And you’re playing in New Orleans, right?

Yeah, we’re playing Voodoo Fest. And we have a new album that’s about 60% done, and we’re plotting what to do when we get there.

Is it going to be available on vinyl?

Good question, good question. If we can afford to get it together…

Will it cost thirty dollars?

Well, that’s the thing! If we could print it up and sell it for a reasonable price. These prices just crush me. But I get it, I get it if new vinyl is your thing.

Collecting, owning, having the album in your hands. Well, I do miss the liner notes experience. When I use Spotify or iTunes, there’s none of that.

Because we grew up with that experience, through CDs. What I miss most about buying an album is—I would spend hours in a place like this, thinking “I have fifteen dollars to spend, I’ve been saving up for weeks. What’s the one album I can get?”

Right, only picking one. It was an important investment all around.

I’d have an armful of records by the end of it and would go over to a corner of the store and read song titles and deliberate. Then you were committed to an album. Even if you didn’t like it the first time you listened to it, there was no throwing it out. There was a stubborn “I’m going to like this!”

Like with the new Blake Mills album. He’s an amazing musician, one of the best modern guitar players out there. He’s a great slide player, producer, he produced the new Alabama Shakes album. I got his new album and was a bit “Aaah… not what I was expecting,” after an initial listen. I left it on my phone though—usually I delete albums when that happens, but I ended up going back a couple of times to relisten, and the album opened up for me. Now I can’t stop listening to it.

I went into it with expectations and now I love it for what it is. It has a bit of a Randy Newman vibe. The same thing happened with Radiohead when I first heard them—I didn’t think they were for me. But at one moment the floodgates opened for me and I was all “this is genius.” Nowadays though, it’s kind of like a one-listen culture.

Do you worry about that with your own work?

(pauses) Hmmm… well…

Don’t. Just don’t think about it.

Well, now I am! Thanks. (Laughs) No. Well I actually heard a scary thing from a producer buddy of mine recently. Now there’s intricate data on all sorts of shit that you didn’t know you needed data on even, didn’t know you cared about. But there was a report that found that songs that begin with vocal right away, people listen to like 75% longer or something than songs that have long intros. And I’m a total intro guy! “Stairway,” great intro, don’t cut that down!

But now it’s in the culture. Apparently the psychology behind it is that people subconsciously don’t want to interrupt someone. Like with a vocal line right away, the listener would hesitate to skip the track, not wanting to be rude. I don’t know for sure if that’s true, but I heard it, and I like it, so I’m holding onto it.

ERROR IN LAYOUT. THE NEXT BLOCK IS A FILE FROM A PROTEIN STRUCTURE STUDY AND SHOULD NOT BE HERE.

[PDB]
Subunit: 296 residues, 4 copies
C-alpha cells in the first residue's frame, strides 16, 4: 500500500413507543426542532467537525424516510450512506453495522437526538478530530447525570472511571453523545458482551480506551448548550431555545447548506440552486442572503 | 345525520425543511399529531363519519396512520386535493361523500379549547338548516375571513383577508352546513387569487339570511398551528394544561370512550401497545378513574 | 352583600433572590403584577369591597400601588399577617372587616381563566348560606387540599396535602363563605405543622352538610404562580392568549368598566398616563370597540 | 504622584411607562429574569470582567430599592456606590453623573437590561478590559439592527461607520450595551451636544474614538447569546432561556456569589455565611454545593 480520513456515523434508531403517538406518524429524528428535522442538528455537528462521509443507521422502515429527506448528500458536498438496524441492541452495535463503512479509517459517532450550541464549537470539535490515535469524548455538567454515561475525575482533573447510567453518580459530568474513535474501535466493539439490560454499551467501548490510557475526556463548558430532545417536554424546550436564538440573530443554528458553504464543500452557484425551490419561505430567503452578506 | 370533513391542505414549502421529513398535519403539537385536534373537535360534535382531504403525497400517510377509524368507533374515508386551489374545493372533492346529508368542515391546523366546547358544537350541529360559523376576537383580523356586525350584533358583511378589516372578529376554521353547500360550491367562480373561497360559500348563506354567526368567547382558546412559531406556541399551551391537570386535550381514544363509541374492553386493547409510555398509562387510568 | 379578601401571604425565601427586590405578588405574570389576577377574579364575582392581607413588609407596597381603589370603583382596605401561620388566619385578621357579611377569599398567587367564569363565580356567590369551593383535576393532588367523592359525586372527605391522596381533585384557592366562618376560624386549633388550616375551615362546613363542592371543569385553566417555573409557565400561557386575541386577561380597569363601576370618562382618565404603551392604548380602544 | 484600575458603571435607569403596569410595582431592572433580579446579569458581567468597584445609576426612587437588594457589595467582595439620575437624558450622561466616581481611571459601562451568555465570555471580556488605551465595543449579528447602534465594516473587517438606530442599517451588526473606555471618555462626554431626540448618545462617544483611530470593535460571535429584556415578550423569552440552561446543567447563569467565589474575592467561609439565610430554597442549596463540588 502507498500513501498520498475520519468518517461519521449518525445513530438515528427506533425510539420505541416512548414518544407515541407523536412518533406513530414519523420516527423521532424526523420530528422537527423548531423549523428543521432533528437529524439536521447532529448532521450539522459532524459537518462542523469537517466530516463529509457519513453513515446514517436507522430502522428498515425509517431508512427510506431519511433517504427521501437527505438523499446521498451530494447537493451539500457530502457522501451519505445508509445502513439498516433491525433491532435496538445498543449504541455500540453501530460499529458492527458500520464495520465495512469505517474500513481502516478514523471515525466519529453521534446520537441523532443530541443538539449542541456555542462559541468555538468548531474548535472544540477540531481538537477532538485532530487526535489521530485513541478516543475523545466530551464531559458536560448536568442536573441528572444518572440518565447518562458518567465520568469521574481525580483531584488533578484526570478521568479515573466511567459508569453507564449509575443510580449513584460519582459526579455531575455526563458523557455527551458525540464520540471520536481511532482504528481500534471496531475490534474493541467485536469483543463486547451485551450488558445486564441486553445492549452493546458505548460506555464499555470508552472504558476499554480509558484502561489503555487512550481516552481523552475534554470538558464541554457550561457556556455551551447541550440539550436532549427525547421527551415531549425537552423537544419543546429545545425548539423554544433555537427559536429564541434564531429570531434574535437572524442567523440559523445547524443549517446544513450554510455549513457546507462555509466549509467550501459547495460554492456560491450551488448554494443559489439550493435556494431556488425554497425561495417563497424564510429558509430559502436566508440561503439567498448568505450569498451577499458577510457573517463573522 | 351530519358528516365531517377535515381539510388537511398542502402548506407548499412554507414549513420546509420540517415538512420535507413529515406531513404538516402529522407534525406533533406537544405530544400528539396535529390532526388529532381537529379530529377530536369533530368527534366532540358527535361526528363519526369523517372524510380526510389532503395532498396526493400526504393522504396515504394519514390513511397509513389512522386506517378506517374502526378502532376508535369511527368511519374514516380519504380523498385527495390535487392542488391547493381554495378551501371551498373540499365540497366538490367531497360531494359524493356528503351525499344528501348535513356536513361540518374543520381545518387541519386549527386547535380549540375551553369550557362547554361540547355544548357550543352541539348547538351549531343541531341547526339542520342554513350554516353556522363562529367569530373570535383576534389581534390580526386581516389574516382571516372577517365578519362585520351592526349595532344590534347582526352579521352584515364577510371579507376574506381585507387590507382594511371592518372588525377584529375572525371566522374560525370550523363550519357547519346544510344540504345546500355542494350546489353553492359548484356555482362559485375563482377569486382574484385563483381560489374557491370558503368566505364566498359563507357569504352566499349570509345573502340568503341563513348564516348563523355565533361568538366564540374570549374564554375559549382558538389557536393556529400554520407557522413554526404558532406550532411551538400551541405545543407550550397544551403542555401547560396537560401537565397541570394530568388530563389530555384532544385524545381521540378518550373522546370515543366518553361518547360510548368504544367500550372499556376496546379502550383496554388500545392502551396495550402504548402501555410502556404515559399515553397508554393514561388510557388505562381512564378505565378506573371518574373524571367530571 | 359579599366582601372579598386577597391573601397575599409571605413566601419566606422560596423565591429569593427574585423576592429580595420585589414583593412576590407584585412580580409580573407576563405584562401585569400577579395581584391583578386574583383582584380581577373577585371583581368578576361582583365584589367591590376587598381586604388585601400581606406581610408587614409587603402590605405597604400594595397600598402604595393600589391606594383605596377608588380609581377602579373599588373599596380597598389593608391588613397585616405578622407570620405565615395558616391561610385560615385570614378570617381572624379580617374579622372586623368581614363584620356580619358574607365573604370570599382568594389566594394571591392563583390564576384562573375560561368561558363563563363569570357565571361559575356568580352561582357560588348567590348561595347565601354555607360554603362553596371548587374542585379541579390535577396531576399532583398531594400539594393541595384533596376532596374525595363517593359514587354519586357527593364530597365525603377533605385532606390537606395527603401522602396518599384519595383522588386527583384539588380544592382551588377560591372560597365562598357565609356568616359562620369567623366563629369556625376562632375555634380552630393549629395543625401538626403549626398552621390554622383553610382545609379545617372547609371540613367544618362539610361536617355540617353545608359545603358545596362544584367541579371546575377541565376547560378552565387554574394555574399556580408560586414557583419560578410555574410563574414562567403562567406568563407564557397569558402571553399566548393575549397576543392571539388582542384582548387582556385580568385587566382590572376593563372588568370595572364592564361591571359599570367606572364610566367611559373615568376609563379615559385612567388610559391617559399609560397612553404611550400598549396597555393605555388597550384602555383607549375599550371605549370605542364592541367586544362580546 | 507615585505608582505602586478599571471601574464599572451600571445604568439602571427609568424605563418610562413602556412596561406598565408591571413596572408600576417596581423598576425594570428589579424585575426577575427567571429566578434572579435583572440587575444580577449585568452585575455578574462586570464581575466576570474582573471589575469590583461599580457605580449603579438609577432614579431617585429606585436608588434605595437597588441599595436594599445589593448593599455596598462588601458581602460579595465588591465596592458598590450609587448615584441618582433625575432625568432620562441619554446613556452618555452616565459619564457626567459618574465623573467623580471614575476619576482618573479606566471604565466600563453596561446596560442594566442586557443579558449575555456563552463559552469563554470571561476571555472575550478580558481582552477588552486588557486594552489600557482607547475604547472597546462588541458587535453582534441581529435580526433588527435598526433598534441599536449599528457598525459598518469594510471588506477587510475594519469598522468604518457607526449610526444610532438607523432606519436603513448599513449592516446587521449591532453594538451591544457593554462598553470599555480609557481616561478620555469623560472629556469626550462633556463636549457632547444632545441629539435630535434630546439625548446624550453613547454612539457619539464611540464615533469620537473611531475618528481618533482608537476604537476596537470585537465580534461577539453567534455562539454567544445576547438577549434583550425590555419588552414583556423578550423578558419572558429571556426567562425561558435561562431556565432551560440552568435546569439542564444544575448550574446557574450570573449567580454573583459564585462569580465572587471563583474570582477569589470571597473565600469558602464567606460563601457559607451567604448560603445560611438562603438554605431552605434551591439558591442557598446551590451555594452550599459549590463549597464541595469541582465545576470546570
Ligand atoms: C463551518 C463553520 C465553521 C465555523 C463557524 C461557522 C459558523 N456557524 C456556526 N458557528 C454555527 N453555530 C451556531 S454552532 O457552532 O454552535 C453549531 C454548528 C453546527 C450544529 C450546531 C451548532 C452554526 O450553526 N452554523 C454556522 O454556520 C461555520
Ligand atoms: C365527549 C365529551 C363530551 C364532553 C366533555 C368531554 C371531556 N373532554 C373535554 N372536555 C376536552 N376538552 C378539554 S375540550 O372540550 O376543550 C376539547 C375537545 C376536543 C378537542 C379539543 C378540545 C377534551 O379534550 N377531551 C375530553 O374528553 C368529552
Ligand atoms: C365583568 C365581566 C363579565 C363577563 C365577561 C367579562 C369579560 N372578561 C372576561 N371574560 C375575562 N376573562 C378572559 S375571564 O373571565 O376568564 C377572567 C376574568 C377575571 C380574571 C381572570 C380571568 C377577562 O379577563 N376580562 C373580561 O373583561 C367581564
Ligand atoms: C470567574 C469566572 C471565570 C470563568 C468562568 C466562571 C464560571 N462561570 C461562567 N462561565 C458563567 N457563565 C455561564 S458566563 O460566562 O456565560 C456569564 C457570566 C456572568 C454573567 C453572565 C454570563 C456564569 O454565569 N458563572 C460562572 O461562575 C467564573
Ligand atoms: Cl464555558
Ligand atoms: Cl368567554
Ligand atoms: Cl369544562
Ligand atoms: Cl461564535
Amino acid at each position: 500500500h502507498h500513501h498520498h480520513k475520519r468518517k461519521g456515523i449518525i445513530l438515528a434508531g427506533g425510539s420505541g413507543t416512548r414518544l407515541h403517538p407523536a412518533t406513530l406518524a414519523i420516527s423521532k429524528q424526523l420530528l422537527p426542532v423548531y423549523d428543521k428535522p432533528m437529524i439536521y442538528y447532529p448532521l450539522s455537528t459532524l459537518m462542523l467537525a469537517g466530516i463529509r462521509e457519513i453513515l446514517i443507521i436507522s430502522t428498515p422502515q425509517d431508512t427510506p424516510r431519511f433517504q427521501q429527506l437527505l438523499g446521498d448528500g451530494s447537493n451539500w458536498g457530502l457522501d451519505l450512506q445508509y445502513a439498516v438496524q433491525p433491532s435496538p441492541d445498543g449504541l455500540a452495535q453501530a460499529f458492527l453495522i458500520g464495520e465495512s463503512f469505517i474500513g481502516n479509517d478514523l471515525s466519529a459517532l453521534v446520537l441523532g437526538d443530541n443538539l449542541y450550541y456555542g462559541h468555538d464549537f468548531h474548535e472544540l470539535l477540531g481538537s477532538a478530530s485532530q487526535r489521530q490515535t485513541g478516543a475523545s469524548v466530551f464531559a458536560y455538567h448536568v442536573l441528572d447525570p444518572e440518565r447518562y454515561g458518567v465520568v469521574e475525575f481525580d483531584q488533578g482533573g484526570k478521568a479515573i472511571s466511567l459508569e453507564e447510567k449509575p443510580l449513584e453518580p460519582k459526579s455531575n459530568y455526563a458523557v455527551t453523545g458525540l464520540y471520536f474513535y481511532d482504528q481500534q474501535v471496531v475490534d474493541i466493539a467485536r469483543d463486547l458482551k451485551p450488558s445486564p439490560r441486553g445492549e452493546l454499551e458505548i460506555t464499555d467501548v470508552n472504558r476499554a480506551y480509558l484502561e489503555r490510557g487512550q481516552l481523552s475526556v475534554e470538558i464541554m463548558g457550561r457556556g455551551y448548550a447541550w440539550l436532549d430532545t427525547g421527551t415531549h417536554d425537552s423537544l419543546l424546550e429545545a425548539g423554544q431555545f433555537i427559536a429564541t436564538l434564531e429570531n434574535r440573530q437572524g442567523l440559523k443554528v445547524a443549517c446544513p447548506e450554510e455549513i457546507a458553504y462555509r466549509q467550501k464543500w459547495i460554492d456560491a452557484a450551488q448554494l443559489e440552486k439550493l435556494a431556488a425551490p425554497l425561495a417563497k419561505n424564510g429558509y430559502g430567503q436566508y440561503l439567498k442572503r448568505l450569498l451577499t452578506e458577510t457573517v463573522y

How do you feel about composing your own instrumental work, your film scores, versus composing for the band? Do you score all of the band’s compositions?

I do a lot of them, but it’s gotten way more collaborative now. I produce everything and I do the boatload share of the writing, but it has to go through the lens of everyone else. Both singers have to feel comfortable with the melodies and lyrics. On our last EP we had a song solely written by our lead singer. There are so many amazing musicians in the band so it would be such a waste to not get their input.

My favorite part is the songwriting process. And then on the film stuff, that’s just different colors. You know, a band has to kind of—I like songs, and the soundscape thing that I also like, I get to put that into film work.

Do you have a favorite film score?

I’m a big melody guy, so you can’t go wrong with the classic John Williams. And there’s the guy that did the scores for Brokeback Mountain, 21 Grams, and Babel—Gustavo Santaolalla, I think he’s got a really unique touch. I feel like his approach is a little more rock ‘n’ roll. I also think Jonny Greenwood is crushing it, doing such amazing things. He did the music for Paul Thomas Anderson’s films There Will Be Blood and The Master. He didn’t write a straight-up score for TWBB but for The Master he wrote to picture. Randy Newman is also an amazing film scorer, he does amazing things, and Thomas Newman, his brother. I could go on and on. What kind of stuff do you listen to?

I tend to gravitate toward ’60s, ’70s and ’80s rock-pop.

Right in that sweet spot, that’s what I tend to love to.

I was made fun of for a long time by my friends for not liking anything released after REM’s Monster album in 1994, but I’m trying to get more involved now.

So this record, The Band, is right up your alley?

Oh yeah, definitely.

Well, the first Ludlow Thieves strings session was at Levon Helm’s house while he was still alive.

What?! That’s so cool.

He came up while we were recording—you could die from a high like this—we were doing a 24-hour session, strings players going and going. So he comes up, in cut-off jean shorts, and says “What are you guys recording up here? It is beautiful!” And I was like, done—done! Career over.